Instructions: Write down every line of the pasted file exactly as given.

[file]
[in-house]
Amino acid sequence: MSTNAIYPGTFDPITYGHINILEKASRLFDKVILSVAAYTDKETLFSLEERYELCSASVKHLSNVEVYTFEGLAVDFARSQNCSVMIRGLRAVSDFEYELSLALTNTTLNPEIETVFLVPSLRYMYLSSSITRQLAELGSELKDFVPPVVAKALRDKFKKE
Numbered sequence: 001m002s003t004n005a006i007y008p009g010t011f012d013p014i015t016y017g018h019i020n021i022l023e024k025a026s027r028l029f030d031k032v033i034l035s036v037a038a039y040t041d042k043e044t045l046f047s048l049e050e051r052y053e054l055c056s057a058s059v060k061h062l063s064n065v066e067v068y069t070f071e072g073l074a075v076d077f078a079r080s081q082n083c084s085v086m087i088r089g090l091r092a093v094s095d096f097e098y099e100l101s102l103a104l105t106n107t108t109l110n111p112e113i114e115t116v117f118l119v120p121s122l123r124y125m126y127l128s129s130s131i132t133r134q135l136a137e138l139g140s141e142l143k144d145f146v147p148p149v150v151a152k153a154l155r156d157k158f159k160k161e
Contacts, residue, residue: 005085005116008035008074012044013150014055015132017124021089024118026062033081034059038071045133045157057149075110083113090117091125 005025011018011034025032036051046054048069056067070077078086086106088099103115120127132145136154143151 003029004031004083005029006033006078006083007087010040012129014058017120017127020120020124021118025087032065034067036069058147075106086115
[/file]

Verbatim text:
[in-house]
Amino acid sequence: MSTNAIYPGTFDPITYGHINILEKASRLFDKVILSVAAYTDKETLFSLEERYELCSASVKHLSNVEVYTFEGLAVDFARSQNCSVMIRGLRAVSDFEYELSLALTNTTLNPEIETVFLVPSLRYMYLSSSITRQLAELGSELKDFVPPVVAKALRDKFKKE
Numbered sequence: 001m002s003t004n005a006i007y008p009g010t011f012d013p014i015t016y017g018h019i020n021i022l023e024k025a026s027r028l029f030d031k032v033i034l035s036v037a038a039y040t041d042k043e044t045l046f047s048l049e050e051r052y053e054l055c056s057a058s059v060k061h062l063s064n065v066e067v068y069t070f071e072g073l074a075v076d077f078a079r080s081q082n083c084s085v086m087i088r089g090l091r092a093v094s095d096f097e098y099e100l101s102l103a104l105t106n107t108t109l110n111p112e113i114e115t116v117f118l119v120p121s122l123r124y125m126y127l128s129s130s131i132t133r134q135l136a137e138l139g140s141e142l143k144d145f146v147p148p149v150v151a152k153a154l155r156d157k158f159k160k161e
Contacts, residue, residue: 005085005116008035008074012044013150014055015132017124021089024118026062033081034059038071045133045157057149075110083113090117091125 005025011018011034025032036051046054048069056067070077078086086106088099103115120127132145136154143151 003029004031004083005029006033006078006083007087010040012129014058017120017127020120020124021118025087032065034067036069058147075106086115